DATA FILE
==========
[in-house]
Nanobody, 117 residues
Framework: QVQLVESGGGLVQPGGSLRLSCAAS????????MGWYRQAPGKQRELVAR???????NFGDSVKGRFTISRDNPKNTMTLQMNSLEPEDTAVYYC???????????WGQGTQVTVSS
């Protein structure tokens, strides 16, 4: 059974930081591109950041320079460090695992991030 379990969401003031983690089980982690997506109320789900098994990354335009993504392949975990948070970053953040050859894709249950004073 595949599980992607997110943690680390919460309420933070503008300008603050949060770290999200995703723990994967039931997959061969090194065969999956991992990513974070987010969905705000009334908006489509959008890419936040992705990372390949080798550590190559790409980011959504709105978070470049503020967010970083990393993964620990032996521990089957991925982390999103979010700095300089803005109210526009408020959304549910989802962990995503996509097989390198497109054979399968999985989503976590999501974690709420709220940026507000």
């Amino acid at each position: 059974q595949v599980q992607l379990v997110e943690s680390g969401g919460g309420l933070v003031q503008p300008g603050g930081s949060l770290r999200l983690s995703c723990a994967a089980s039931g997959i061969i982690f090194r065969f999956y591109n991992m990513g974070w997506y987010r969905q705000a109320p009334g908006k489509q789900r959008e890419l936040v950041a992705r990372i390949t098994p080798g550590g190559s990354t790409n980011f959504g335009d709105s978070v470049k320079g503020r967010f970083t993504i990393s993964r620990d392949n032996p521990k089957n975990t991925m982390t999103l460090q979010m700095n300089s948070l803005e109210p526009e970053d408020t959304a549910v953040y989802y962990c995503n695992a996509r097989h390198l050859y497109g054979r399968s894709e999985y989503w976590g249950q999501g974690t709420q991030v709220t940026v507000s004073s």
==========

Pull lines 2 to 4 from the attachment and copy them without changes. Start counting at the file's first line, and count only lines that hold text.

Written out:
Nanobody, 117 residues
Framework: QVQLVESGGGLVQPGGSLRLSCAAS????????MGWYRQAPGKQRELVAR???????NFGDSVKGRFTISRDNPKNTMTLQMNSLEPEDTAVYYC???????????WGQGTQVTVSS
């Protein structure tokens, strides 16, 4: 059974930081591109950041320079460090695992991030 379990969401003031983690089980982690997506109320789900098994990354335009993504392949975990948070970053953040050859894709249950004073 595949599980992607997110943690680390919460309420933070503008300008603050949060770290999200995703723990994967039931997959061969090194065969999956991992990513974070987010969905705000009334908006489509959008890419936040992705990372390949080798550590190559790409980011959504709105978070470049503020967010970083990393993964620990032996521990089957991925982390999103979010700095300089803005109210526009408020959304549910989802962990995503996509097989390198497109054979399968999985989503976590999501974690709420709220940026507000």